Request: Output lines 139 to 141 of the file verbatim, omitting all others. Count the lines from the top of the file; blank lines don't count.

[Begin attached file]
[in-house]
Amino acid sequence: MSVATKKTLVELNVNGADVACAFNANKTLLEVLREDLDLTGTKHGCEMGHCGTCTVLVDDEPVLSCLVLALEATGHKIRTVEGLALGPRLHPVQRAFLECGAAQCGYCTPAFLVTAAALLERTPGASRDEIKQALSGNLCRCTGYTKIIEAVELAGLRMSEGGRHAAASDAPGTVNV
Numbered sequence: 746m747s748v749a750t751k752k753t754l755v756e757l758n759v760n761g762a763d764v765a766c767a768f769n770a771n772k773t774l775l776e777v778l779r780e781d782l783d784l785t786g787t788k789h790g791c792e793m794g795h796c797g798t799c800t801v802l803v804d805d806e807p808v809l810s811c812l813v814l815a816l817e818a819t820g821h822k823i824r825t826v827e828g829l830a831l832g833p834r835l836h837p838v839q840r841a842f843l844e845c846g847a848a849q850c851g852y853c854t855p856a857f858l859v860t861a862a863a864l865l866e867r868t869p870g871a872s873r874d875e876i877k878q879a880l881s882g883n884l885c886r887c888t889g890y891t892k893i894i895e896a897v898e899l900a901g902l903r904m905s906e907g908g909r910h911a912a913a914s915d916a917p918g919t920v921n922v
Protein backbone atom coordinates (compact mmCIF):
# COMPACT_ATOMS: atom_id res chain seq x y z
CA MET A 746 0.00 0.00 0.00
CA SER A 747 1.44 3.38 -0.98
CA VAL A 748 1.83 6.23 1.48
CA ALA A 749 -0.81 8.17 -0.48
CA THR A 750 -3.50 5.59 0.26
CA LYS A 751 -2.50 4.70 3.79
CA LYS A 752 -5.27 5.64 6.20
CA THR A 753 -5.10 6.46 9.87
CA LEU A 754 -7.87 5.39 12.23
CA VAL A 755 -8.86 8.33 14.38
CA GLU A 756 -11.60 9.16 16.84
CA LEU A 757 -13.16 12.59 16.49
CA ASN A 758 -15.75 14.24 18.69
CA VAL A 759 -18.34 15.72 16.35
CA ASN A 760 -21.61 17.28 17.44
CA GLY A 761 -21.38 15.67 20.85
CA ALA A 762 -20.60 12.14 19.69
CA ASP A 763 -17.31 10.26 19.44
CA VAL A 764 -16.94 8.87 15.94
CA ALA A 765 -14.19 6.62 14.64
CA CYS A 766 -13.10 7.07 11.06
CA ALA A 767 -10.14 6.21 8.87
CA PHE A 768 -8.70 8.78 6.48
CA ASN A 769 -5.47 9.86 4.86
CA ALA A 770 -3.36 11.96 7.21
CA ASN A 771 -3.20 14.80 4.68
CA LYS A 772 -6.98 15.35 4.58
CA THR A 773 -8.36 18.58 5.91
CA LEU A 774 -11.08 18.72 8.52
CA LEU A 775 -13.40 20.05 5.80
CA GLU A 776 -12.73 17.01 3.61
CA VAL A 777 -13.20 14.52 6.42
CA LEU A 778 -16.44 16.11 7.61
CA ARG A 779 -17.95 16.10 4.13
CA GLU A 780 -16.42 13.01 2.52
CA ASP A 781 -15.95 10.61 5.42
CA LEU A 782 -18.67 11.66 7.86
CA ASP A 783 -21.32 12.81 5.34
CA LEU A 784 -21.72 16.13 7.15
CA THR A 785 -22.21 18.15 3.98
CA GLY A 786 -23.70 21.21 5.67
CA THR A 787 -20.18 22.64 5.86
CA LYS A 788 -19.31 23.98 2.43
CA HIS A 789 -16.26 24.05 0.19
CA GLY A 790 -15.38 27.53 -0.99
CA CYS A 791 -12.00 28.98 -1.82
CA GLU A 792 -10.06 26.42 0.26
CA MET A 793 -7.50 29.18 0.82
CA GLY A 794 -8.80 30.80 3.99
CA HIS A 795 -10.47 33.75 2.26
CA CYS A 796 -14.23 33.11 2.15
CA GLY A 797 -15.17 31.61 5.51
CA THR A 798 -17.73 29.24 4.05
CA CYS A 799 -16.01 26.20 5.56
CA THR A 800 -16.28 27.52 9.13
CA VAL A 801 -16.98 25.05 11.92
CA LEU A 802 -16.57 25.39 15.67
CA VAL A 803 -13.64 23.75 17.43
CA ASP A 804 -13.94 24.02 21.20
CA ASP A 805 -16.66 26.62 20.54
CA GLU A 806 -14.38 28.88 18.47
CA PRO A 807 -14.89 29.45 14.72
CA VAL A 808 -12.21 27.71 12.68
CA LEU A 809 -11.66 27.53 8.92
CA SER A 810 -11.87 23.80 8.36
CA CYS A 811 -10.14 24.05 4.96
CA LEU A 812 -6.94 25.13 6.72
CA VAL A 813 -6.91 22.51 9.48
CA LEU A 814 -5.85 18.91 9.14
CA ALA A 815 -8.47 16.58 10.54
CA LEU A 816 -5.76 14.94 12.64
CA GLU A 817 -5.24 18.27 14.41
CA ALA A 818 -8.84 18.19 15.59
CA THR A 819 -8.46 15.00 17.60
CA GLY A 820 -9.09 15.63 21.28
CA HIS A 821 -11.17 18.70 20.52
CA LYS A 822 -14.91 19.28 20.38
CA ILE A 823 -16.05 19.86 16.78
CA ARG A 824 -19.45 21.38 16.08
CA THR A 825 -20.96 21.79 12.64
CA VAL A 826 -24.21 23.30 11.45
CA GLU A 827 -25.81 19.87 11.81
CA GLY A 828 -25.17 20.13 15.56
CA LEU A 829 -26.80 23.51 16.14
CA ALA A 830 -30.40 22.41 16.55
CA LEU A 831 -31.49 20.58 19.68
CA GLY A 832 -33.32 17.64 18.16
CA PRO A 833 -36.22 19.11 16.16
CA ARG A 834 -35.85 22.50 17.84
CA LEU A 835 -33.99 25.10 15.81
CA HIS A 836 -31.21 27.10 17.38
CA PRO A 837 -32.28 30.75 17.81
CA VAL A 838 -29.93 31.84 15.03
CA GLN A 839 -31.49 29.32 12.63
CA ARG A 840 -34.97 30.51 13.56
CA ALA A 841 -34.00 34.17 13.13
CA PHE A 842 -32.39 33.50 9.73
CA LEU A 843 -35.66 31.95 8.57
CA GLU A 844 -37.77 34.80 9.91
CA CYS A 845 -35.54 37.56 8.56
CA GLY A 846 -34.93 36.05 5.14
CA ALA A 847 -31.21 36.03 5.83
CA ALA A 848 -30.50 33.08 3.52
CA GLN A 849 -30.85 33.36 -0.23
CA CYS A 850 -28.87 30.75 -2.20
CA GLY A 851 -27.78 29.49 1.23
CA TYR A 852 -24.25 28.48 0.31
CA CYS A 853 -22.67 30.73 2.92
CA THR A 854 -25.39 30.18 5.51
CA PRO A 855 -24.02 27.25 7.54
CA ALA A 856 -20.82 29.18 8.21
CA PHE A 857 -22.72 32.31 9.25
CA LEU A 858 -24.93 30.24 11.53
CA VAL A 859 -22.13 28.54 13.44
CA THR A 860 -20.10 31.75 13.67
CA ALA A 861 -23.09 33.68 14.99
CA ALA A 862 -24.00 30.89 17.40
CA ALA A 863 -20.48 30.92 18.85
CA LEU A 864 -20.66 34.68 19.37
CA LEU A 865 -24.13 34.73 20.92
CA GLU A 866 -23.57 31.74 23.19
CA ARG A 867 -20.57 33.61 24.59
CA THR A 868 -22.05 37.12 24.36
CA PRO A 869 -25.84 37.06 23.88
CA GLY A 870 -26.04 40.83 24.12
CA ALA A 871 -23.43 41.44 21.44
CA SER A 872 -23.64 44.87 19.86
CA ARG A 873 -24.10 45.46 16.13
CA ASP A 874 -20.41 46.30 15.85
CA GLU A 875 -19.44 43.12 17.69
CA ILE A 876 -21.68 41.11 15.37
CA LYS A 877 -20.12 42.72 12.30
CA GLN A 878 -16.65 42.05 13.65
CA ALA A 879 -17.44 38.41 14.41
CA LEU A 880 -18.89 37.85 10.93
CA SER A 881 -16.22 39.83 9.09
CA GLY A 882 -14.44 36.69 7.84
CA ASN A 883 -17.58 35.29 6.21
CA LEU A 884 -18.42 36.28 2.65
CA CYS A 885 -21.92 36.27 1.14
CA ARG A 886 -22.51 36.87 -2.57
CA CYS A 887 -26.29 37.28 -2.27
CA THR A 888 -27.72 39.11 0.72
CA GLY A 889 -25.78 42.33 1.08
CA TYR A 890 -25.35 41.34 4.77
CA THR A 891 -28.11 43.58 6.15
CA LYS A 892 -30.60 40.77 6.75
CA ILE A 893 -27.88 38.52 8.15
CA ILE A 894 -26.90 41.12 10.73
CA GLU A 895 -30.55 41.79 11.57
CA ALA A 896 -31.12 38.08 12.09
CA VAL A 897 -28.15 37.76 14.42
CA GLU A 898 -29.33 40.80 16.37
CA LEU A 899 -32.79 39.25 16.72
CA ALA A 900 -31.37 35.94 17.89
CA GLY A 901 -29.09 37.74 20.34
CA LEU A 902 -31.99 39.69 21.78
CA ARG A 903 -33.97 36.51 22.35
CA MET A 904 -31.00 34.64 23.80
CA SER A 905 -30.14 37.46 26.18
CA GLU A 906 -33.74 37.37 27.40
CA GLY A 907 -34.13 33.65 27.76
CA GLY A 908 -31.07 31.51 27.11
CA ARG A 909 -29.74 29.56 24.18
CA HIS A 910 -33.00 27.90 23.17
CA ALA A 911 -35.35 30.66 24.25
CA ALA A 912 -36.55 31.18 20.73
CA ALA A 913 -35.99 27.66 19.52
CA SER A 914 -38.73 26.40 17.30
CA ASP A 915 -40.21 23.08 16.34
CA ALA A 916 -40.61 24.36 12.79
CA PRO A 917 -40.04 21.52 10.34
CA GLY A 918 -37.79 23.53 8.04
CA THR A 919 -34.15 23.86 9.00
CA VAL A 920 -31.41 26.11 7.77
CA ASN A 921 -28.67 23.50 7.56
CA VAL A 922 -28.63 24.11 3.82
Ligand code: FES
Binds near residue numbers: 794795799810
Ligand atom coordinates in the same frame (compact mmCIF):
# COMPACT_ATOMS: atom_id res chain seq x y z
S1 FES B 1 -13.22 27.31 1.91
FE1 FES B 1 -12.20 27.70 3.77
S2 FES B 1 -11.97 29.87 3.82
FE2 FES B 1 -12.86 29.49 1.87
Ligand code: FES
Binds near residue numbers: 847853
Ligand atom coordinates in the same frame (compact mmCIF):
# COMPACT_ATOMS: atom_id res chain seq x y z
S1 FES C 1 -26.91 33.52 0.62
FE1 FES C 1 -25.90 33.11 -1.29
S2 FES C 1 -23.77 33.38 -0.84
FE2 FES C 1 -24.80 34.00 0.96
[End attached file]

CA ALA A 879 -17.44 38.41 14.41
CA LEU A 880 -18.89 37.85 10.93
CA SER A 881 -16.22 39.83 9.09